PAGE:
How to Calculate the True Cost of Downtime

Blog downtime cost3

There are a lot of scary numbers out there for the average cost of downtime. The Ponemon Institute stated the average cost of unplanned downtime for 2016 was $8,850 per minute. But what if your organization is smaller or larger than average? In this blog post we review several average downtime costs that include small businesses and large enterprises. We also discuss how to calculate the average cost of downtime for your business. These costs include labor cost, productivity cost, revenue loss and reputation damage control.

Downtime costs

*The Ponemon Institute & Emerson Network Power

Cost of Downtime Ranges $137 to $17,244 per Minute

As seen in the chart above, there is a significant variance in the cost of downtime between organizations. The minimum cost of downtime was $593 per minute, while the maximum was $17,244 per minute. The chart above is from the Ponemon Institute’s Cost of Data Center Outages 2016 Report, and their mean costs of unplanned downtime are some of the most commonly cited in the industry.

While these numbers do provide data for businesses of a variety of sizes, they only take into account businesses with data center footprints. A study conducted by IDC on behalf of Carbonite takes into account all small businesses. The study indicates that downtime costs for small businesses ranged between $82,200 and $256,000 for a single incident. According to Carbonite, average downtime costs per minute for small businesses range from $137 to $427 per minute.

How to Calculate your IT Downtime Cost

So, what really determines the cost of downtime? The most difficult part of accurately calculating your cost of downtime is deciding on the percentage impact and estimating what is referred to as intangible costs, such as the cost of a damaged reputation. Businesses that provide online services or data center services will have higher downtime costs.

The following formulas can be used to obtain a ballpark estimate for labor costs and revenue loss per hour of downtime:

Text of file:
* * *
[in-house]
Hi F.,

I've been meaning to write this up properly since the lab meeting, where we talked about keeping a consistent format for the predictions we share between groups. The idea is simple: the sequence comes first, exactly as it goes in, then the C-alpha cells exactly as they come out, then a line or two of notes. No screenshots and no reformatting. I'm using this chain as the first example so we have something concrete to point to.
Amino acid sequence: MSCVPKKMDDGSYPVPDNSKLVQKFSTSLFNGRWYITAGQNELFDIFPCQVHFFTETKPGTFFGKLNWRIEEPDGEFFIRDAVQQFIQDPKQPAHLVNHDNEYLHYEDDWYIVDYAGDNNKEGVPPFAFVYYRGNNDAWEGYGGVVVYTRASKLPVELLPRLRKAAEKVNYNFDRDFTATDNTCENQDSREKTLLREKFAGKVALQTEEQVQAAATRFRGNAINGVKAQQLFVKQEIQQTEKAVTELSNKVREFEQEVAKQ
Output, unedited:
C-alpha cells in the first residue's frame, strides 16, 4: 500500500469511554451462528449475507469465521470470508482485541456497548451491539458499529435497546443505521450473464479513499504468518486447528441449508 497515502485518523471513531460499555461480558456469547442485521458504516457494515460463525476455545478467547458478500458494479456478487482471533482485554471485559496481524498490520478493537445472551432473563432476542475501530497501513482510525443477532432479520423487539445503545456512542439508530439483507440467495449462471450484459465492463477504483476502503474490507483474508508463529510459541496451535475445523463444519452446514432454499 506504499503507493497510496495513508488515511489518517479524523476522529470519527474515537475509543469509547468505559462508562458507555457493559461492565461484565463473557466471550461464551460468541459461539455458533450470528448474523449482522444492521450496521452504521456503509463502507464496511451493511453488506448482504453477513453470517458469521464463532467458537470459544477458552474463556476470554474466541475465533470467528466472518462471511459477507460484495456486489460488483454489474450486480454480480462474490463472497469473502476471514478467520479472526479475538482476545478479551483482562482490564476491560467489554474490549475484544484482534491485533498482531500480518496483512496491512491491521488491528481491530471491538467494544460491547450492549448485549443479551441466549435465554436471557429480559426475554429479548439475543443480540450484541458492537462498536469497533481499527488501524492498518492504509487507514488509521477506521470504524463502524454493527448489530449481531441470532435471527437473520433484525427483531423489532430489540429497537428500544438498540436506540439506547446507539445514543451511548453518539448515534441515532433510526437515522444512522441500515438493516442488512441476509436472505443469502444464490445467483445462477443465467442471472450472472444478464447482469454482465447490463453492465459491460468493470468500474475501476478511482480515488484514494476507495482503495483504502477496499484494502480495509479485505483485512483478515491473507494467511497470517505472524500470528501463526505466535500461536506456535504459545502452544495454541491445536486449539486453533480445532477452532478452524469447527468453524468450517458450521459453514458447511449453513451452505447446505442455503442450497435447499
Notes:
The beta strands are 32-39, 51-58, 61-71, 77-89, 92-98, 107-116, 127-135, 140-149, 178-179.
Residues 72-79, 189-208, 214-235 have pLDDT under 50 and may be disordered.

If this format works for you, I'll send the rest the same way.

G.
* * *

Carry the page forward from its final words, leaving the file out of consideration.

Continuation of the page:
Productivity cost = E x % x C x H

E = number of employees affected

% = percentage they are affected

C = average cost of employees per hour

H = number of downtime hours

Revenue loss = (GR/TH) x I x H

GR = gross annual revenue

TH = total annual business hours

% = percentage impact

H = hours of downtime

Additional Costs

These aren’t the only costs to consider when calculating the total cost of downtime. There may be recovery costs, such as the cost of employees working overtime, the cost of repairing devices or systems, and data recovery costs. For some businesses, downtime may negatively affect their supply chain, causing delays and fees.

Other costs are more difficult to determine, such as costs to the company’s reputation. Is it possible your organization would lose customers as a result of downtime? Would your company miss important deadlines or be unavailable to customers and prospects at a critical moment? Would customers and prospects lose trust in your company, and to what extent? Would you require the services of a PR firm to get your organization back on track? Consider these possible costs along with the calculations above

How can you minimize downtime costs?

The cost of downtime is enough to cause some companies to go out of business. To mitigate the negative consequences of downtime, have a thoroughly reviewed plan for disaster recovery and business continuity. Make sure you are using a backup system for all files, databases, email systems, virtual machines and applications. Know your RTO (Recovery Time Objective) and RPO (Recovery Point Objective). Learn more about these in our blog post: What’s the Best Backup Strategy? Lastly, keep your critical infrastructure in a facility with redundant power and cooling and manned 24×7 by qualified staff.

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